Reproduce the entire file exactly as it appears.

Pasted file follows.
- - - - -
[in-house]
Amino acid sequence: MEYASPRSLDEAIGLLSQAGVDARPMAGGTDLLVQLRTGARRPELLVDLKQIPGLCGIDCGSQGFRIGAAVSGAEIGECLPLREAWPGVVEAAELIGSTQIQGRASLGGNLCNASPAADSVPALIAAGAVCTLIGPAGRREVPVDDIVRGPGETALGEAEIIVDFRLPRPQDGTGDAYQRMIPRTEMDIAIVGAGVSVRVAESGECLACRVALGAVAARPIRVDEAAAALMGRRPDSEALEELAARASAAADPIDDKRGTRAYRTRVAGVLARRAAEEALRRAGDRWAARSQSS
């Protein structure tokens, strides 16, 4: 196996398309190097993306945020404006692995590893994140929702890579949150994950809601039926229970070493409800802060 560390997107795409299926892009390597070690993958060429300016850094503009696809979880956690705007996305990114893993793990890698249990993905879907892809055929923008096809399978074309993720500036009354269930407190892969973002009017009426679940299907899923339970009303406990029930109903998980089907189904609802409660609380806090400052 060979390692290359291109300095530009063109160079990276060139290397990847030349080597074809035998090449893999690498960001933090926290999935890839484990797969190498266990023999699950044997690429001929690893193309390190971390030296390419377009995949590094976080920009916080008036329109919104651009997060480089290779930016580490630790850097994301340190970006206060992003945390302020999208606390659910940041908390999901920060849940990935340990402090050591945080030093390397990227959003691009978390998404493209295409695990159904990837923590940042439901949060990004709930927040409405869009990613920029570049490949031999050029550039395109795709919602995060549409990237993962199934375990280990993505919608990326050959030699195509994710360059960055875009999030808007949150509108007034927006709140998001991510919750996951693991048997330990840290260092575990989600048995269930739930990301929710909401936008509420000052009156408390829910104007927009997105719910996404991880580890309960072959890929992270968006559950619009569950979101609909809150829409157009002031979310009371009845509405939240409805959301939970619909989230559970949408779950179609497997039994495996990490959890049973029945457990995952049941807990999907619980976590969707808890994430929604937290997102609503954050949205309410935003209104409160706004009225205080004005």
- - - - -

[in-house]
Amino acid sequence: MEYASPRSLDEAIGLLSQAGVDARPMAGGTDLLVQLRTGARRPELLVDLKQIPGLCGIDCGSQGFRIGAAVSGAEIGECLPLREAWPGVVEAAELIGSTQIQGRASLGGNLCNASPAADSVPALIAAGAVCTLIGPAGRREVPVDDIVRGPGETALGEAEIIVDFRLPRPQDGTGDAYQRMIPRTEMDIAIVGAGVSVRVAESGECLACRVALGAVAARPIRVDEAAAALMGRRPDSEALEELAARASAAADPIDDKRGTRAYRTRVAGVLARRAAEEALRRAGDRWAARSQSS
């Protein structure tokens, strides 16, 4: 196996398309190097993306945020404006692995590893994140929702890579949150994950809601039926229970070493409800802060 560390997107795409299926892009390597070690993958060429300016850094503009696809979880956690705007996305990114893993793990890698249990993905879907892809055929923008096809399978074309993720500036009354269930407190892969973002009017009426679940299907899923339970009303406990029930109903998980089907189904609802409660609380806090400052 060979390692290359291109300095530009063109160079990276060139290397990847030349080597074809035998090449893999690498960001933090926290999935890839484990797969190498266990023999699950044997690429001929690893193309390190971390030296390419377009995949590094976080920009916080008036329109919104651009997060480089290779930016580490630790850097994301340190970006206060992003945390302020999208606390659910940041908390999901920060849940990935340990402090050591945080030093390397990227959003691009978390998404493209295409695990159904990837923590940042439901949060990004709930927040409405869009990613920029570049490949031999050029550039395109795709919602995060549409990237993962199934375990280990993505919608990326050959030699195509994710360059960055875009999030808007949150509108007034927006709140998001991510919750996951693991048997330990840290260092575990989600048995269930739930990301929710909401936008509420000052009156408390829910104007927009997105719910996404991880580890309960072959890929992270968006559950619009569950979101609909809150829409157009002031979310009371009845509405939240409805959301939970619909989230559970949408779950179609497997039994495996990490959890049973029945457990995952049941807990999907619980976590969707808890994430929604937290997102609503954050949205309410935003209104409160706004009225205080004005």